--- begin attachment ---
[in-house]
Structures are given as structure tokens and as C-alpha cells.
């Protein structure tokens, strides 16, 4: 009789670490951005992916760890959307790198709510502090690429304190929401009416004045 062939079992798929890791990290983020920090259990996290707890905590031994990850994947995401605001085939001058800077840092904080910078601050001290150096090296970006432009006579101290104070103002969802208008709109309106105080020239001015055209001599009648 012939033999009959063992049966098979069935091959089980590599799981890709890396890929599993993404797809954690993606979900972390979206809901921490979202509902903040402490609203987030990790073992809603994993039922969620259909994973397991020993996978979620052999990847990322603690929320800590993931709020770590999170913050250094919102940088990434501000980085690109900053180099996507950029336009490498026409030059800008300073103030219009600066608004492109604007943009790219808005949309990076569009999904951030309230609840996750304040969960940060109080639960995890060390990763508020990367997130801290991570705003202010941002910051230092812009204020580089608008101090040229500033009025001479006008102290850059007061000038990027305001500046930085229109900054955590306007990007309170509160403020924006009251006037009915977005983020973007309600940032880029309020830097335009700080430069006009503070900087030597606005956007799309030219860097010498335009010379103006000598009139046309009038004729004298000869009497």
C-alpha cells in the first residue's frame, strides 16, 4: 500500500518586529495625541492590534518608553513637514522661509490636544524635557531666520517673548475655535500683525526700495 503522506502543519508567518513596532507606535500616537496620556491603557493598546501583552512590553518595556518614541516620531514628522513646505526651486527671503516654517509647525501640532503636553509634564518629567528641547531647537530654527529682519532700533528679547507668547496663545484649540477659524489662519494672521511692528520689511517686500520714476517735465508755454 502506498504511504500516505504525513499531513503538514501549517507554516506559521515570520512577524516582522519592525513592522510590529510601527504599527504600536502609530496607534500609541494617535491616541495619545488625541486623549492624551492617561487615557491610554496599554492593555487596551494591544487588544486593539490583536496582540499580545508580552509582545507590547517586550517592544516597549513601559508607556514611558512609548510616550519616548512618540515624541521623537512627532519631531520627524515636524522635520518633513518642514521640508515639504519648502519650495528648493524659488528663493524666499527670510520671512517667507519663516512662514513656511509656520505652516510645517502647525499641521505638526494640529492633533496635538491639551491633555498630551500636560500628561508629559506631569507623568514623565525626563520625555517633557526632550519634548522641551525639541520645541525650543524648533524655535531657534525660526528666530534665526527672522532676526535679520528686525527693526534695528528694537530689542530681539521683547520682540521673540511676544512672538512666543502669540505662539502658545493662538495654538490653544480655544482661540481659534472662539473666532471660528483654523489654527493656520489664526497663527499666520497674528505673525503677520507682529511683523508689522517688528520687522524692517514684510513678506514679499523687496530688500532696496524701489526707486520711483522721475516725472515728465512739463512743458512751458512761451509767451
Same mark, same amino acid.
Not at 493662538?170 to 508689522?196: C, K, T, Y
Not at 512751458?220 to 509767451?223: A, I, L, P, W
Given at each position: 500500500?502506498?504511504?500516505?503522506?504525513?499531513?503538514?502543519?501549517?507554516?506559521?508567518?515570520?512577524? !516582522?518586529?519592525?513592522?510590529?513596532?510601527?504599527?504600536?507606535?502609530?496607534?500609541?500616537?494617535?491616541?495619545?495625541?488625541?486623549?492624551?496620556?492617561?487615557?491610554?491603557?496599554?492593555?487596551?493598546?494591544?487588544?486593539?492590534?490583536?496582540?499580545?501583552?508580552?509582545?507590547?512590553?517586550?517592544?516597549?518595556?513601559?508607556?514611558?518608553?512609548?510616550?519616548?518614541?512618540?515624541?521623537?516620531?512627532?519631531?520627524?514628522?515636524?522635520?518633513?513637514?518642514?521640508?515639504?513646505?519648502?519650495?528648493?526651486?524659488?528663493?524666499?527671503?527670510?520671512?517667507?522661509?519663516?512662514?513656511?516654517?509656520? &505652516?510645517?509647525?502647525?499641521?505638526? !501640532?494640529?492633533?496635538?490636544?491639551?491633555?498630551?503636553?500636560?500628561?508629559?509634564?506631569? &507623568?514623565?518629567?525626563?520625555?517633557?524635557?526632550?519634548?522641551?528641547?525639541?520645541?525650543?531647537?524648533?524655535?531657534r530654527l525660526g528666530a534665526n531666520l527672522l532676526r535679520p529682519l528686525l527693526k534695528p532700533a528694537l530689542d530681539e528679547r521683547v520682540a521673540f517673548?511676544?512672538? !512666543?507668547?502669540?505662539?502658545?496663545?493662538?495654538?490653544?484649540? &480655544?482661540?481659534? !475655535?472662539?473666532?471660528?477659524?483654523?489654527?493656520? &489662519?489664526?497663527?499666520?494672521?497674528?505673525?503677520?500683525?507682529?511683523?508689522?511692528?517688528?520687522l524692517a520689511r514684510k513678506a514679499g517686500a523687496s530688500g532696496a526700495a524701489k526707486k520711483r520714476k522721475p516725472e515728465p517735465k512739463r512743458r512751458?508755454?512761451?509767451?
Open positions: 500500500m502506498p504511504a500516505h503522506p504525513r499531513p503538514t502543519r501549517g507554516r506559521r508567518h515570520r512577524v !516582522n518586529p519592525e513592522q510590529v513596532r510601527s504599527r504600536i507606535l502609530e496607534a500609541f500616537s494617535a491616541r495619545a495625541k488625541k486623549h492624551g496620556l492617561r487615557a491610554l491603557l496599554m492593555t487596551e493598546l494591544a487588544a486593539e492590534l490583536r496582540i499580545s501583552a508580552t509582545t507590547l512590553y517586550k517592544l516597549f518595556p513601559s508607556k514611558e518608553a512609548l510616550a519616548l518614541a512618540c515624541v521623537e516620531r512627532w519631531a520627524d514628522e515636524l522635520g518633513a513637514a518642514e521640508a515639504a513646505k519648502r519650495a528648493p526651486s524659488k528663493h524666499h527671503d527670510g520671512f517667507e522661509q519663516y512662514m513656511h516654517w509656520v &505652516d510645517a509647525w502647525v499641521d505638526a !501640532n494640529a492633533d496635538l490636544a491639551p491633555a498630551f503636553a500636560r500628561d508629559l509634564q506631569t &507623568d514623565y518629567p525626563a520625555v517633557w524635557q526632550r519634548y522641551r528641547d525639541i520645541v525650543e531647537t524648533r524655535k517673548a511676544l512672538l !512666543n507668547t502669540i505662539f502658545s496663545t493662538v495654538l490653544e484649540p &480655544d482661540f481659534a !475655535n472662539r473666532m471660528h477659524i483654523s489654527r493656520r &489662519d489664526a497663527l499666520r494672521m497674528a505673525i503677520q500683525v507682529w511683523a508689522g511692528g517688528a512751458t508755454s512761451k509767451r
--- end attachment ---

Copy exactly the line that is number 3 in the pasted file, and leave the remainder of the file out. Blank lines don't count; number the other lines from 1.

């Protein structure tokens, strides 16, 4: 009789670490951005992916760890959307790198709510502090690429304190929401009416004045 062939079992798929890791990290983020920090259990996290707890905590031994990850994947995401605001085939001058800077840092904080910078601050001290150096090296970006432009006579101290104070103002969802208008709109309106105080020239001015055209001599009648 012939033999009959063992049966098979069935091959089980590599799981890709890396890929599993993404797809954690993606979900972390979206809901921490979202509902903040402490609203987030990790073992809603994993039922969620259909994973397991020993996978979620052999990847990322603690929320800590993931709020770590999170913050250094919102940088990434501000980085690109900053180099996507950029336009490498026409030059800008300073103030219009600066608004492109604007943009790219808005949309990076569009999904951030309230609840996750304040969960940060109080639960995890060390990763508020990367997130801290991570705003202010941002910051230092812009204020580089608008101090040229500033009025001479006008102290850059007061000038990027305001500046930085229109900054955590306007990007309170509160403020924006009251006037009915977005983020973007309600940032880029309020830097335009700080430069006009503070900087030597606005956007799309030219860097010498335009010379103006000598009139046309009038004729004298000869009497």